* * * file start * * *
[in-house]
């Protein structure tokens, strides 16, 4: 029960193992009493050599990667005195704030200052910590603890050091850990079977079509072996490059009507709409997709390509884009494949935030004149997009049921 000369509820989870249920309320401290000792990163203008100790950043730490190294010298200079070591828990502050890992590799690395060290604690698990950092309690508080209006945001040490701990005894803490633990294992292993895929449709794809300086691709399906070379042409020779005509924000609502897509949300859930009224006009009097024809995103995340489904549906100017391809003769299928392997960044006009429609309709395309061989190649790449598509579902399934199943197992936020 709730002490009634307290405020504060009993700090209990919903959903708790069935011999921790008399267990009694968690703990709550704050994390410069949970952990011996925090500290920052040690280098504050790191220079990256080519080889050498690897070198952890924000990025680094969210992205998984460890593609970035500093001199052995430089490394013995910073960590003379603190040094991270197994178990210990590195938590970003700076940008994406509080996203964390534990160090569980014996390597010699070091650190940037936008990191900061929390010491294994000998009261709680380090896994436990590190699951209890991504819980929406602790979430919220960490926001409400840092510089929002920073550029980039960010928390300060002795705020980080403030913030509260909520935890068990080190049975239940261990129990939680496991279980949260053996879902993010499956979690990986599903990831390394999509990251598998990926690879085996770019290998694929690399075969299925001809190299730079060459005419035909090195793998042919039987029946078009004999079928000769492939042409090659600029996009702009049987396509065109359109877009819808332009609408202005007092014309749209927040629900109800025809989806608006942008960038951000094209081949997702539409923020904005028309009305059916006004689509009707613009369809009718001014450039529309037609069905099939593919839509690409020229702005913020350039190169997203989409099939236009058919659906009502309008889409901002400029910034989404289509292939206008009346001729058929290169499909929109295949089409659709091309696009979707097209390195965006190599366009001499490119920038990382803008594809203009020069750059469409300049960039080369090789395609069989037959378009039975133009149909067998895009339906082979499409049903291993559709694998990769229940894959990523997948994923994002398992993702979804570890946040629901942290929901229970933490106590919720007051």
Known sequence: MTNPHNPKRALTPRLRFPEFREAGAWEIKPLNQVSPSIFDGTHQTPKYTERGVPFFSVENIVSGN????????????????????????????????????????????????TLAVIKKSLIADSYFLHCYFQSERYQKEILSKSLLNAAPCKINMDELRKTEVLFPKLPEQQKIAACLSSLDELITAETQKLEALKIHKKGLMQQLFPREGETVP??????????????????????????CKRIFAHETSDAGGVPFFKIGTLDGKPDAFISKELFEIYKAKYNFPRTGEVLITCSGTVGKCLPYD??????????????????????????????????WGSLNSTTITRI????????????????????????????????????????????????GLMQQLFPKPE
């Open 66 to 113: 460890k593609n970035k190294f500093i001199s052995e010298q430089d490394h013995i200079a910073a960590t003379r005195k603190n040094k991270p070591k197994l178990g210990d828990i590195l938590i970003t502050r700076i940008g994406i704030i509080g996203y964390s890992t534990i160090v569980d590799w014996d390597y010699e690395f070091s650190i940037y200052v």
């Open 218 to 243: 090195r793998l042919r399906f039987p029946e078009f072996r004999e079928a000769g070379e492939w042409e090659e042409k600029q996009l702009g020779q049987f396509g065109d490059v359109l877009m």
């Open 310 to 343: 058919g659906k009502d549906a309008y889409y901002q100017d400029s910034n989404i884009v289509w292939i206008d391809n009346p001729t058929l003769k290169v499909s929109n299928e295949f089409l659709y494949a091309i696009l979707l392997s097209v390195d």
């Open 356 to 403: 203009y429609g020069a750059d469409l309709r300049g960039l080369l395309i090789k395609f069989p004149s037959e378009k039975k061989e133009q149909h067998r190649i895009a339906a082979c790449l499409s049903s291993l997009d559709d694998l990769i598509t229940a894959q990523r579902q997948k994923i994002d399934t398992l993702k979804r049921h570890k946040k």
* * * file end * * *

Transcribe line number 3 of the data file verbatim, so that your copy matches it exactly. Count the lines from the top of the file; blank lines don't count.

Known sequence: MTNPHNPKRALTPRLRFPEFREAGAWEIKPLNQVSPSIFDGTHQTPKYTERGVPFFSVENIVSGN????????????????????????????????????????????????TLAVIKKSLIADSYFLHCYFQSERYQKEILSKSLLNAAPCKINMDELRKTEVLFPKLPEQQKIAACLSSLDELITAETQKLEALKIHKKGLMQQLFPREGETVP??????????????????????????CKRIFAHETSDAGGVPFFKIGTLDGKPDAFISKELFEIYKAKYNFPRTGEVLITCSGTVGKCLPYD??????????????????????????????????WGSLNSTTITRI????????????????????????????????????????????????GLMQQLFPKPE